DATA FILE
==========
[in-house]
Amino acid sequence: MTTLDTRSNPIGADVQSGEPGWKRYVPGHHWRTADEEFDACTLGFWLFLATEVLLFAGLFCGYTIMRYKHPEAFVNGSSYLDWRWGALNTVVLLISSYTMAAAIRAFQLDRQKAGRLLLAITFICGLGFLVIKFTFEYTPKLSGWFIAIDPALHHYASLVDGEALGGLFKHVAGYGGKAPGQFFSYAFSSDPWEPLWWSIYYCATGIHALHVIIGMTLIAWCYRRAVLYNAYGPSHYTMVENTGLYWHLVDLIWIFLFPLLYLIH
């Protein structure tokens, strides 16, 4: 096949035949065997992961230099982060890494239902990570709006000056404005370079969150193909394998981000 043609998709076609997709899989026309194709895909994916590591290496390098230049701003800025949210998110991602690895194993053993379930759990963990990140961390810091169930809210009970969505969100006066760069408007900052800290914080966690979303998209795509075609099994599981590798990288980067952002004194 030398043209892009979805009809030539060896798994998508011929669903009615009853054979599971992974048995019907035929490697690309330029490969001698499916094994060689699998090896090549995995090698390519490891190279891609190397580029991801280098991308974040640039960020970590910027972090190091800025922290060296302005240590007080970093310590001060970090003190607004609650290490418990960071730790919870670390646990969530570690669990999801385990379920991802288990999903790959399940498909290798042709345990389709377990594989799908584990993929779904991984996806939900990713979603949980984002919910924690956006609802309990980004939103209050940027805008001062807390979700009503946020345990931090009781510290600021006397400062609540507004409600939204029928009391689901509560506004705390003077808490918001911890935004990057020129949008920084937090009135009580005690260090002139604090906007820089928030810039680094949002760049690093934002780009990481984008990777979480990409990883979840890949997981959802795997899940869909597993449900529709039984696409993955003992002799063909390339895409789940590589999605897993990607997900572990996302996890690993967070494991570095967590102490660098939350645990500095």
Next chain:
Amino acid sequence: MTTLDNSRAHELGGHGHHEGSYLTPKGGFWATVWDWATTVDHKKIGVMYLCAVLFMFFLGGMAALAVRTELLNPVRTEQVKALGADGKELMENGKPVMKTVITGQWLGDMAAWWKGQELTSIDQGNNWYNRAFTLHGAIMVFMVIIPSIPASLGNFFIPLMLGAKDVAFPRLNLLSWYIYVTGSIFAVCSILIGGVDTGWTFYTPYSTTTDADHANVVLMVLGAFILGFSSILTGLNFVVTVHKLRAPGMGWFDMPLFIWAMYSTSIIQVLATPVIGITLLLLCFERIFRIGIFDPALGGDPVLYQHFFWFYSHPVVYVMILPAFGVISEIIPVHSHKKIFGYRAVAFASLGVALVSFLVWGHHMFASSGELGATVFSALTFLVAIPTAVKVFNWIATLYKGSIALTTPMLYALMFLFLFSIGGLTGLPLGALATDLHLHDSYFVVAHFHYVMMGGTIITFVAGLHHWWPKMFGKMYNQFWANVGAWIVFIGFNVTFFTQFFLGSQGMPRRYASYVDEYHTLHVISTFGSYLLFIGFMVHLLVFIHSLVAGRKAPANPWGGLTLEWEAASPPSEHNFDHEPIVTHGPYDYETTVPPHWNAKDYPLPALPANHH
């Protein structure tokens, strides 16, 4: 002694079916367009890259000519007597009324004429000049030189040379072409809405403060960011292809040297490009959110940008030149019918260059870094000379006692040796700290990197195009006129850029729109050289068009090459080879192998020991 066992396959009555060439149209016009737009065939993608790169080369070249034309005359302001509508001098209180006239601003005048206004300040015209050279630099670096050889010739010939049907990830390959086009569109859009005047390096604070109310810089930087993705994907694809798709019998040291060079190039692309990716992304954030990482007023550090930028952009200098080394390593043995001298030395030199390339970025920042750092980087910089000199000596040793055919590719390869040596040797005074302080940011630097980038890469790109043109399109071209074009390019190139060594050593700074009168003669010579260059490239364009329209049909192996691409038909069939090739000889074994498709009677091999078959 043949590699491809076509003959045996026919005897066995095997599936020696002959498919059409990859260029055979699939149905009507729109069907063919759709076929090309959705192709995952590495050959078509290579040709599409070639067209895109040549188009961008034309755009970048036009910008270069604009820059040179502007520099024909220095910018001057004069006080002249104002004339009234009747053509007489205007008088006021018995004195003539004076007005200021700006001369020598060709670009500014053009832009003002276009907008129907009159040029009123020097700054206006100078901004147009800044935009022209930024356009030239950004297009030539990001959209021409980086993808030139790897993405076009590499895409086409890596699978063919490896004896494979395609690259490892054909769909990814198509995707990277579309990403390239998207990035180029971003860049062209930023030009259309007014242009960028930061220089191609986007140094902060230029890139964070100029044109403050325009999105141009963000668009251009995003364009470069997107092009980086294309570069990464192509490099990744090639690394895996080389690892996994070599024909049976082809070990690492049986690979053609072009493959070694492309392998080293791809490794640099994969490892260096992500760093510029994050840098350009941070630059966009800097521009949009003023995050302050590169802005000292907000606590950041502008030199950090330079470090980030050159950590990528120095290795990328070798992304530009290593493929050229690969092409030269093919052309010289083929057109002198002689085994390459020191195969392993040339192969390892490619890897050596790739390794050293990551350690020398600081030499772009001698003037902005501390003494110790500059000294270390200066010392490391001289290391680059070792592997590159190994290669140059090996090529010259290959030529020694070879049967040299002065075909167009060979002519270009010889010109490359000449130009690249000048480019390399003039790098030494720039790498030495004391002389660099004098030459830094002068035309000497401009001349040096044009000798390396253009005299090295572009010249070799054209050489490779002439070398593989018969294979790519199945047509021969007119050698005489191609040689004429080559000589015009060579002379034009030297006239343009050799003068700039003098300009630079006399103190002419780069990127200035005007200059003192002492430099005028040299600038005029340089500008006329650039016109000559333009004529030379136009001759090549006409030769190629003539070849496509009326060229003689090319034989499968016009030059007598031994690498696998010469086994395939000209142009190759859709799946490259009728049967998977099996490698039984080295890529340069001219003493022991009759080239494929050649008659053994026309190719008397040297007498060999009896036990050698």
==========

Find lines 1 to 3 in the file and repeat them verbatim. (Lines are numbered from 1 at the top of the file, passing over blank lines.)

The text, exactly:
[in-house]
Amino acid sequence: MTTLDTRSNPIGADVQSGEPGWKRYVPGHHWRTADEEFDACTLGFWLFLATEVLLFAGLFCGYTIMRYKHPEAFVNGSSYLDWRWGALNTVVLLISSYTMAAAIRAFQLDRQKAGRLLLAITFICGLGFLVIKFTFEYTPKLSGWFIAIDPALHHYASLVDGEALGGLFKHVAGYGGKAPGQFFSYAFSSDPWEPLWWSIYYCATGIHALHVIIGMTLIAWCYRRAVLYNAYGPSHYTMVENTGLYWHLVDLIWIFLFPLLYLIH
């Protein structure tokens, strides 16, 4: 096949035949065997992961230099982060890494239902990570709006000056404005370079969150193909394998981000 043609998709076609997709899989026309194709895909994916590591290496390098230049701003800025949210998110991602690895194993053993379930759990963990990140961390810091169930809210009970969505969100006066760069408007900052800290914080966690979303998209795509075609099994599981590798990288980067952002004194 030398043209892009979805009809030539060896798994998508011929669903009615009853054979599971992974048995019907035929490697690309330029490969001698499916094994060689699998090896090549995995090698390519490891190279891609190397580029991801280098991308974040640039960020970590910027972090190091800025922290060296302005240590007080970093310590001060970090003190607004609650290490418990960071730790919870670390646990969530570690669990999801385990379920991802288990999903790959399940498909290798042709345990389709377990594989799908584990993929779904991984996806939900990713979603949980984002919910924690956006609802309990980004939103209050940027805008001062807390979700009503946020345990931090009781510290600021006397400062609540507004409600939204029928009391689901509560506004705390003077808490918001911890935004990057020129949008920084937090009135009580005690260090002139604090906007820089928030810039680094949002760049690093934002780009990481984008990777979480990409990883979840890949997981959802795997899940869909597993449900529709039984696409993955003992002799063909390339895409789940590589999605897993990607997900572990996302996890690993967070494991570095967590102490660098939350645990500095």